or sponsors that agree to adopt the family and provide the needs listed. Sorne supports that belief. Drawing from his personal experience of seeing lives changed through the Christmas Connection, he says, “The best way to help those in this program is to bring more awareness to Christmas Connection and therefore attract more help from sponsors and individuals and connect everyone together.” The Christmas Connection initiative is governed by Catholic Charities, an organization that aims to provide help, create hope and serve all—despite race, ethnicity and religion. Catholic Charities also offers services such as emergency assistance, immigration services, refugee resettlement, mental health services, and pregnancy and adoption services. Christmas Connection is run by MSW social workers who are knowledgeable about the families in need of the charity’s services. Individuals and sponsors may volunteer their time, donate food, toys, clothing and money, or choose to adopt a family. Christmas Connection has already grown from helping 25 families in need to 600 to 800 families in the Big Bend area each year. This year’s title sponsor for the Help Us Help Christmas Connection campaign is Burger King, and each restaurant has a red donation box where unwrapped toys, clothing, and nonperishable food items can be donated. When asked about the motivation shared by his sponsors and Christmas Connection, Brien says, “Sometimes people think, ‘what difference does it make if I don’t donate a toy?’ It’s huge if you are that one kid who didn’t get that one gift you wanted to make you feel like someone out there cares.” For more information about the campaign and all sponsored donation sites visit helpchristmasconnection.com and the Help Us Help Christmas Connection Facebook page. For more information about Christmas Connection, go to thechristmasconnection.org.

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LeMoyne Celebrating 50 Years of Bringing Art to the Community Contributed by Taylore Maxey

The LeMoyne Center for the Visual Arts is celebrating its 50th year of providing exhibitions and art education to the Big Bend area. The celebration kicked off during the Annual Holiday Show in November, then will move into a myriad of amazing 2014 exhibitions-including the Chain of Parks Art Festival, and end with the Art & Soul Gala September 2014. Sponsorship opportunities for the 50th Anniversary are available for those who would like to support the arts. “We would like to thank the Tallahassee community for their continued support of LeMoyne and the arts these past 50 years,” says Ann Kozeliski, Executive Director of LeMoyne Center for Visual Arts. “Because of the support of the community and LeMoyne members, the future of LeMoyne is brighter than ever.” LeMoyne provides fine art exhibitions, year-round art studio classes, and special art-related cultural events for the citizens of 52  t a l l a h a s s e e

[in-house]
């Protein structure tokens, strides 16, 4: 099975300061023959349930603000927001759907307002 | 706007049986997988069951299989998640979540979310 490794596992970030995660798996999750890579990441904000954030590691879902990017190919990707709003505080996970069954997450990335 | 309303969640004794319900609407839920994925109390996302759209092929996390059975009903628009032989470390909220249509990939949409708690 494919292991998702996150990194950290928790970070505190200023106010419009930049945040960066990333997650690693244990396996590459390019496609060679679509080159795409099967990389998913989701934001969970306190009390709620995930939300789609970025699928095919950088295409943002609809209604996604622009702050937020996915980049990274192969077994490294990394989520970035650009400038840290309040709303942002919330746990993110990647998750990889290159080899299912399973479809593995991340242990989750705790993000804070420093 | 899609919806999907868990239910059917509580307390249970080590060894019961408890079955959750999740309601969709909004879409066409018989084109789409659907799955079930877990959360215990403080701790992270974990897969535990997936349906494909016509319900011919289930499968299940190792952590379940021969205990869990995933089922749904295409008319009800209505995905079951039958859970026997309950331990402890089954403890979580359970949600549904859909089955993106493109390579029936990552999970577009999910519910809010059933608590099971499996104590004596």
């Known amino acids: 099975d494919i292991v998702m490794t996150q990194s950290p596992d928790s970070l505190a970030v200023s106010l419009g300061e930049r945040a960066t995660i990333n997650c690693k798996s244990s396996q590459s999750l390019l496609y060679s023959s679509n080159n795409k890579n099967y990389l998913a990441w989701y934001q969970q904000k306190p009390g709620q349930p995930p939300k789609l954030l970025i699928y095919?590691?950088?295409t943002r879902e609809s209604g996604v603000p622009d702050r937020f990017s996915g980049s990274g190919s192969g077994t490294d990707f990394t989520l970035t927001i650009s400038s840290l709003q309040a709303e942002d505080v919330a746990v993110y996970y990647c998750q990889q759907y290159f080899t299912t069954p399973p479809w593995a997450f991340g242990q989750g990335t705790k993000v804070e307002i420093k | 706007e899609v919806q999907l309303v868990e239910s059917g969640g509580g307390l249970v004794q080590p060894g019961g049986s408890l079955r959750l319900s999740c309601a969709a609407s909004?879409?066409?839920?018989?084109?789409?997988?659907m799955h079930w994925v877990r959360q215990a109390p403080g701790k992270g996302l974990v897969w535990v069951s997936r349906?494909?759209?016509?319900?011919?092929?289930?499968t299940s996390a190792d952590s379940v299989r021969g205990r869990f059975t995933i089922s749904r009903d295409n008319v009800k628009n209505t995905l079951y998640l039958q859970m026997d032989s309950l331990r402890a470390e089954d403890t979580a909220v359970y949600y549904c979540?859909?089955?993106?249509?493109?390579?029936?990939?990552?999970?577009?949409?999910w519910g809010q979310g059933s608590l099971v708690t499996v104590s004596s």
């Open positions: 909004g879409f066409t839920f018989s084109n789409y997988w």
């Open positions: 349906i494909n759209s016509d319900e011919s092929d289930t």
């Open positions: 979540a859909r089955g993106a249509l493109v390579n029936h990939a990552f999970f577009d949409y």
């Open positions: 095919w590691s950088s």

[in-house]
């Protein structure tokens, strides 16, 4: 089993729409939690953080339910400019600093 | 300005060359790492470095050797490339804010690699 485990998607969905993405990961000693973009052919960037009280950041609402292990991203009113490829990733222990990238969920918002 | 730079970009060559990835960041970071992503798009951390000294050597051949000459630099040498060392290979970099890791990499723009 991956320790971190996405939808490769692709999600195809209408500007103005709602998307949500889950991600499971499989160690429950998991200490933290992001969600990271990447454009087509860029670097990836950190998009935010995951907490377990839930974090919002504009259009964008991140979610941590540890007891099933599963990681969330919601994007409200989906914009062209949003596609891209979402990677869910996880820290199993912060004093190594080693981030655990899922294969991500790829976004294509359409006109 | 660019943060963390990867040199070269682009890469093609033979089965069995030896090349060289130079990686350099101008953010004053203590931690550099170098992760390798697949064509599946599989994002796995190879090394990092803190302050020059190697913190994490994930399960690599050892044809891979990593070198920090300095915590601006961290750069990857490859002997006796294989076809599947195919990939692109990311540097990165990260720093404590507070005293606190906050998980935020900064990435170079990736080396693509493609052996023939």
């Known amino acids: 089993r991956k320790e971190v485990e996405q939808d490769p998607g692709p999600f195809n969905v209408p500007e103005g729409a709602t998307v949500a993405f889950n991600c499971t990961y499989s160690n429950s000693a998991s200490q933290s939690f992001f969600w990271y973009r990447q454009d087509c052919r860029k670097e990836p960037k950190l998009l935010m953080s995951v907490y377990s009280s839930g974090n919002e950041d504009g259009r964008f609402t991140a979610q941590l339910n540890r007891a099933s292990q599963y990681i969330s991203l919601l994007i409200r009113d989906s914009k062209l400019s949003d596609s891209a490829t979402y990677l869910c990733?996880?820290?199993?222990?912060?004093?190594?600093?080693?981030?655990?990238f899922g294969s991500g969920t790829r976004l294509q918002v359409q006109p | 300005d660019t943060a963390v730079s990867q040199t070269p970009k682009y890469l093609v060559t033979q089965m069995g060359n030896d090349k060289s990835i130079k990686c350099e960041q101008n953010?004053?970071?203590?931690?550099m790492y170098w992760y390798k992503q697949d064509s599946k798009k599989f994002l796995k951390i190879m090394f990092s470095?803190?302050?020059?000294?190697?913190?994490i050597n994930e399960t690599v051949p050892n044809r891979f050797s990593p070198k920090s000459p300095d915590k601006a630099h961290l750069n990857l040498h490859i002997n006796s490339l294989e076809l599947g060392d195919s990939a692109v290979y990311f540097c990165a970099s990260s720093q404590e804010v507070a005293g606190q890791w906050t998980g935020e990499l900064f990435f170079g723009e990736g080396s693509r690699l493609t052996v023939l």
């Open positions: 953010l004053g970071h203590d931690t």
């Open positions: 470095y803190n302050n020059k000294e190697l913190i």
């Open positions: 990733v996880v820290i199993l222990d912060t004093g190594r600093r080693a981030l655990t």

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Tallahassee and surrounding areas. For almost 50 years, LeMoyne has been known as Tallahassee’s oldest and most prestigious art gallery and art education program supported primarily by memberships and generous donations.

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Today, LeMoyne’s membership is at an historic high. In 2010, the center had approximately 560 members. Now membership totals approximately 850 members, the largest membership in the region. Art lovers can find several of LeMoyne’s pieces hanging in local businesses around Tallahassee including Tallahassee Memorial HealthCare, Temple Israel, Hotel Duval, Visit Tallahassee, and the Four Point Sheraton. There are also future plans to display artwork in the Leon County Courthouse as well. For more information about LeMoyne, including membership, sponsorship opportunities and 50th Anniversary activities, visit online at lemoyne.org or call (850) 222-8800. You can also “Like” LeMoyne on Facebook at facebook.com/LeMoyneArt and follow them on Twitter @LeMoyne_Art1.